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There's probably bacteria in your water bottle. Here's why


Joanne Richard
Special to The Weather Network

Wednesday, August 9, 2017, 5:07 PM - About to brush your teeth? Put that toothbrush down! 

If you store your toothbrush within six feet of a toilet, those bristles are likely harbouring fecal bacteria! Add to that the fact that they’re also packed with microbes from the mouth.  

Toothbrushes aren’t the only items where germs fester! Water bottles and our mobile devices are mega magnets for microbes and bacteria that can spell trouble. A new study indicates that drinking from a reusable water bottle “can be many times worse than licking your dog’s toy.” TreadmillReviews.net reports that refillable bottles are crawling with bacteria, some potentially harmful.

“Water bottles can accumulate all sorts of germs. Most are from our own mouths and do not pose a threat. But some are opportunistic pathogens, such as Pseudomonas aeruginosa, Methicillin-resistant Staphylococcus aureus, and a group known as fecal coliforms can be detected,” says Jason Tetro, aka The Germ Guy.  

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If you don’t wash your water bottle with warm water and soap after each use, the bacteria can grow to high enough numbers to cause infection. That includes many other items you use on a daily basis, says Tetro, a microbiologist who loves germs. 

“We tend to use certain objects regularly without washing them. This could lead to microbial growth, which could impact your health,” he says. "Although the risk is generally low, it’s still a good idea to wash items regularly – or replace them – to minimize the microbial population and the threat."

Don’t give your toothbrush the brush off.

“Although the majority of these microbe species are harmless, as they come from you, in the environment with a toothbrush is kept, there is potential for contamination with a variety of potential pathogens such as those that cause cavities,” says Tetro, the author of The Germ Code and The Germ Files.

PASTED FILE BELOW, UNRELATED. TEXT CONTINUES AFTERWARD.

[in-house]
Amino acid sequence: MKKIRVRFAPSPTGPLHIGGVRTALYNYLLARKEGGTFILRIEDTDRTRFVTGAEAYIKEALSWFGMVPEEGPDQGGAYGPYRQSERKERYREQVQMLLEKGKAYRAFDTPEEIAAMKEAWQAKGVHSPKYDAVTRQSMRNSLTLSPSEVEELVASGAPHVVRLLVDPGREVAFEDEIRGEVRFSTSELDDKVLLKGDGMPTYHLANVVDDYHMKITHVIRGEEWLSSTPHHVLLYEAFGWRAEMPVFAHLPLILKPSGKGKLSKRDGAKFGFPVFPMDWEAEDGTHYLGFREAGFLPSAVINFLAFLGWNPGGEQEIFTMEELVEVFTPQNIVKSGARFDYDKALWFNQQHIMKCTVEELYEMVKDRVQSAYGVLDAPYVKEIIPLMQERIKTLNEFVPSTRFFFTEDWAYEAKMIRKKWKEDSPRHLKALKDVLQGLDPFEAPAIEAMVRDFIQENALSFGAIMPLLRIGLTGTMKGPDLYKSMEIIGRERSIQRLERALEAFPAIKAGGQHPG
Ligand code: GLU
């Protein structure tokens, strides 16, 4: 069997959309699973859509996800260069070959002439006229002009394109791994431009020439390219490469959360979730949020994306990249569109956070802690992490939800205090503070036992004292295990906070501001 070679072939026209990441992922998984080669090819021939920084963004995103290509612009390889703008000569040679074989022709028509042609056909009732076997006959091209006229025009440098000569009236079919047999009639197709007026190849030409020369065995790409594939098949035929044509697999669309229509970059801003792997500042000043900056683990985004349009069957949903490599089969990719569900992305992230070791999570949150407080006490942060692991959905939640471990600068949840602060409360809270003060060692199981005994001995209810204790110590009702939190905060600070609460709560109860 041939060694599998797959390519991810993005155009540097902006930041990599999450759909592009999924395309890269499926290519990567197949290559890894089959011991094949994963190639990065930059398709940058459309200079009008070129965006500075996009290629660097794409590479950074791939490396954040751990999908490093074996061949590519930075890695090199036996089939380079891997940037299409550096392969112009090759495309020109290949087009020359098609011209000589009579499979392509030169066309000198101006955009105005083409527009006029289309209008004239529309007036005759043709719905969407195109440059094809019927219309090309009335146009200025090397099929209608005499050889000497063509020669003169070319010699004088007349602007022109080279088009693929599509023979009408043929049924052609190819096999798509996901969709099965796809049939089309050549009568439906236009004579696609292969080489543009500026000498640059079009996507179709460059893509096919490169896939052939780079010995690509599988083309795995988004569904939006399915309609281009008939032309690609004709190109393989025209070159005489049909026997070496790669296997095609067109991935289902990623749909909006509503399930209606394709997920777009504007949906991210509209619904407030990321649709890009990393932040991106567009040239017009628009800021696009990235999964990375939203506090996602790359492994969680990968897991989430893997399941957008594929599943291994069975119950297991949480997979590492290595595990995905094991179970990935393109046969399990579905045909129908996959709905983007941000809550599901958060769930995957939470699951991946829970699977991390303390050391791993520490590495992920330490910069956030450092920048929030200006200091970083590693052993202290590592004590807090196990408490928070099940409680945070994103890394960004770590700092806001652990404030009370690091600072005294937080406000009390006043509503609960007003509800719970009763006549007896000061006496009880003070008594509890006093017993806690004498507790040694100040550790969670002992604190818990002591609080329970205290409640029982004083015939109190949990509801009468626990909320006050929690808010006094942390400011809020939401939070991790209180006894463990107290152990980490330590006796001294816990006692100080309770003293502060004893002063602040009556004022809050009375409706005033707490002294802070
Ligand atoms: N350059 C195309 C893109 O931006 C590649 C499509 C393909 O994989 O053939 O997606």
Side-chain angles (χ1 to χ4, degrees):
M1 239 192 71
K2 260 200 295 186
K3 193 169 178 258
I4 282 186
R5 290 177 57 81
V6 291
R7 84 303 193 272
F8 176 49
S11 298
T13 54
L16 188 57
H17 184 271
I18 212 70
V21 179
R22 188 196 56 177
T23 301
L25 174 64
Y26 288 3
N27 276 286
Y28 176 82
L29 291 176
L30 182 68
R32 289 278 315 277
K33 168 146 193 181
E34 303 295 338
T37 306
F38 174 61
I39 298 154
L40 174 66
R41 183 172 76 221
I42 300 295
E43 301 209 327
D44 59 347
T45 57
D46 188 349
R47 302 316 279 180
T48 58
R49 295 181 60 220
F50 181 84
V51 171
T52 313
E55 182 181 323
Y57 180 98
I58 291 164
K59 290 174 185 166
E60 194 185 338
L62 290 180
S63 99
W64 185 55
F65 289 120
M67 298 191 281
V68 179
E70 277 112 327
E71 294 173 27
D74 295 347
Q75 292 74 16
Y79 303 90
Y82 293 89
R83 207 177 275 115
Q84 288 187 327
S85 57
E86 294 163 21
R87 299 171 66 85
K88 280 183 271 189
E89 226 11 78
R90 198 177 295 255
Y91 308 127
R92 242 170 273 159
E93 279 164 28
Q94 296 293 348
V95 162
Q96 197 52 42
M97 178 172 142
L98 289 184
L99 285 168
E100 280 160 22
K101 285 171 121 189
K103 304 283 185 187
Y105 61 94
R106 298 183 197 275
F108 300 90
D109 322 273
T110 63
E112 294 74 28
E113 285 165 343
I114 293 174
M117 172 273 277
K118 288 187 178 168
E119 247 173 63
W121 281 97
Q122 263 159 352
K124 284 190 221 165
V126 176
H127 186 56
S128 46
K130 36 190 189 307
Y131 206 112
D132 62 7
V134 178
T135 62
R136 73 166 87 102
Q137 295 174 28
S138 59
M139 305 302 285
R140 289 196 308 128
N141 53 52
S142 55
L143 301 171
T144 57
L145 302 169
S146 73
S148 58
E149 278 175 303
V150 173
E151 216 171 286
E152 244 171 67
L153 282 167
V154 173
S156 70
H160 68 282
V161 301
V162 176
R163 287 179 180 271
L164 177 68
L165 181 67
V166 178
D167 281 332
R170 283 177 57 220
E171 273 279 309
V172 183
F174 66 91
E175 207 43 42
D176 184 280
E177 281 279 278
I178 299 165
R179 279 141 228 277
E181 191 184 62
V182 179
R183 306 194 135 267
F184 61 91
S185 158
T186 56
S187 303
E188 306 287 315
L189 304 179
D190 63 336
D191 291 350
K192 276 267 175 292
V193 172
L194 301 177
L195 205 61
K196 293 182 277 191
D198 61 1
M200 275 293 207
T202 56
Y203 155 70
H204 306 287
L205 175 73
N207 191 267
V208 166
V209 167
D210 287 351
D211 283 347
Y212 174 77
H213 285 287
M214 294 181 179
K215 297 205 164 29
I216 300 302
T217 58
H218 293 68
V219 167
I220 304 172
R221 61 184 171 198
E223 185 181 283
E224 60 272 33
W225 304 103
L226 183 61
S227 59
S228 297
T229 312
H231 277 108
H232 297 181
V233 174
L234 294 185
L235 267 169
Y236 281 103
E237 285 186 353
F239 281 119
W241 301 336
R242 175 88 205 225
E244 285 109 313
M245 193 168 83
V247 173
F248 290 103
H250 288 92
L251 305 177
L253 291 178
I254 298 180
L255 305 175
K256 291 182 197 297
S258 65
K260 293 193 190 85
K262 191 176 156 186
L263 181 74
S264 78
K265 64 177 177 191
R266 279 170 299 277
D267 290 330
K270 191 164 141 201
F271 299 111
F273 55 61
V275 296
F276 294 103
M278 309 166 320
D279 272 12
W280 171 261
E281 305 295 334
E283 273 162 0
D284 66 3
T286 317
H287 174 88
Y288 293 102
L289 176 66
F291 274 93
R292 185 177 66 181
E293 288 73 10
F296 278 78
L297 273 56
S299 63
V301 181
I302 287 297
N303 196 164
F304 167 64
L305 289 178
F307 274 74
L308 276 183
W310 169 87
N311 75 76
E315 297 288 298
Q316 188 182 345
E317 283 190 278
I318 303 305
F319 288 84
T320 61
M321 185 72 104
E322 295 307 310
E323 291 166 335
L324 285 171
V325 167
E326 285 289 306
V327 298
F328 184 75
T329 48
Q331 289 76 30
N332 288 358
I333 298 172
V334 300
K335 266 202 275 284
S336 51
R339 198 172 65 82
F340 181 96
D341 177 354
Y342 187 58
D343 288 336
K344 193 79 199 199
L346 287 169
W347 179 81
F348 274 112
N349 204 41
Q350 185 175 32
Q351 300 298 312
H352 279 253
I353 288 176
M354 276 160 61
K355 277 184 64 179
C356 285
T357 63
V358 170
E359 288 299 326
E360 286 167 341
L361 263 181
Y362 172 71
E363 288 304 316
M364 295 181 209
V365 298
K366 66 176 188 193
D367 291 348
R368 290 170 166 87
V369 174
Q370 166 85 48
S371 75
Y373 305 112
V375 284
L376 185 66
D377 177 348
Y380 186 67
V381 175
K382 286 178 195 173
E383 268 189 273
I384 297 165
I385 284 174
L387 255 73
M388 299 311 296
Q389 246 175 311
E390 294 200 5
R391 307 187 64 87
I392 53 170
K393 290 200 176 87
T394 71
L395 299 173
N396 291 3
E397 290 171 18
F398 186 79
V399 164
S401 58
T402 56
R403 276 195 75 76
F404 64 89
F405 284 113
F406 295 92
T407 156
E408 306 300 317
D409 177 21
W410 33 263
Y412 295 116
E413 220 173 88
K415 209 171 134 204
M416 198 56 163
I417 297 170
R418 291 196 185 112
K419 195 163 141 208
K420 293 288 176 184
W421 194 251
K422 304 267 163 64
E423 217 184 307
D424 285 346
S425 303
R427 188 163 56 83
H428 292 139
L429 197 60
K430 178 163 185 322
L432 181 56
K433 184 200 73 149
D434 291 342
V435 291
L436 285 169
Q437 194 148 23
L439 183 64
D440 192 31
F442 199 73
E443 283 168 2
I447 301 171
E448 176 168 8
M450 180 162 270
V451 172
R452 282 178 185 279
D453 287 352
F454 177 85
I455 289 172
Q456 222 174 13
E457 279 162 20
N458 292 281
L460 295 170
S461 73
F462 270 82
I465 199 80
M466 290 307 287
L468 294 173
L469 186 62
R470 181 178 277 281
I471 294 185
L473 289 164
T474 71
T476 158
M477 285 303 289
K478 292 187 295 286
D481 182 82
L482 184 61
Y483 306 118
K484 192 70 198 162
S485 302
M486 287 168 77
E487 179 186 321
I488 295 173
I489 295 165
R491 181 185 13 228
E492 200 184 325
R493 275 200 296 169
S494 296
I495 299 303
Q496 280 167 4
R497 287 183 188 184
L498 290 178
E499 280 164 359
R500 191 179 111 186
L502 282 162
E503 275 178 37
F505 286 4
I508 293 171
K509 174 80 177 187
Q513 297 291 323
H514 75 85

Run the brush under hot water for a good five seconds both before and after brushing to help reduce the load. Eliminate that fecal shower of water droplets by closing the toilet lid before flushing.

Mobile devices are magnets for microbes - they tend to stick onto the surface and can be picked off with each swipe, he says. 

"There can be pathogens present such as the skin infection Staphylococcus aureus and viruses such as rhinovirus, the cause of the common cold. We can then transfer these pathogens to our bodies through touch," Tetro says. 

Disconnect those germs – simply clean the devices with a disinfectant wipe. 


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Hair brushes are also germ collectors. Using a hair brush collects more than hair, it traps microbes, particularly fungi, says Tetro. 

“Certain types of fungi can cause bumps, rashes, and of course, dandruff. The best way to stay safe isn’t to use dandruff shampoos but to soak those brushes at least one a month in hot water and soap,” he says, adding it will also help to get rid of all those hairs caught in the bristles. 

Sneakers are filled with microbes both from the environment and also from the feet. But these are not pathogenic, just smelly. Keep them fresh by washing them with soap and water. 

“If you do happen to step on fecal matter, make sure to dry them out first and then use a disinfectant – cover your nose and mouth. This can prevent any contaminated particulates from entering the respiratory tract," Tetro says.

Beware the kitchen sponge – it’s one of the germiest things in your home. While most of the germs inside are harmless, Tetro says there is the potential for infection from one particular type of microbe known as Acinetobacter, which can potentially cause respiratory illness particularly in those who have compromised immune systems. The best way to keep these clean is to put them in the microwave for two minutes on high power or to change them about once a week. 

Touch me nots! Other germ infested things: 

  • Ketchup bottles on restaurant tables. Also beware the menu and salt and pepper shakers.
  • Money is dirty, dirty, dirty! It’s covered in bacteria, urine and sweat.
  • Taps and faucets are prime germ hangouts so wipe them down daily. Or better yet, get a touch tap.
  • The vacuum cleaner, the very instrument we depend on to keep us germ free, is actually a germ collector. Clean the hoses and attachments.
  • Carpets and mats are ruthless collectors of everything from skin cells, fecal matter, mold and spores as well as dust mites. Wash often.

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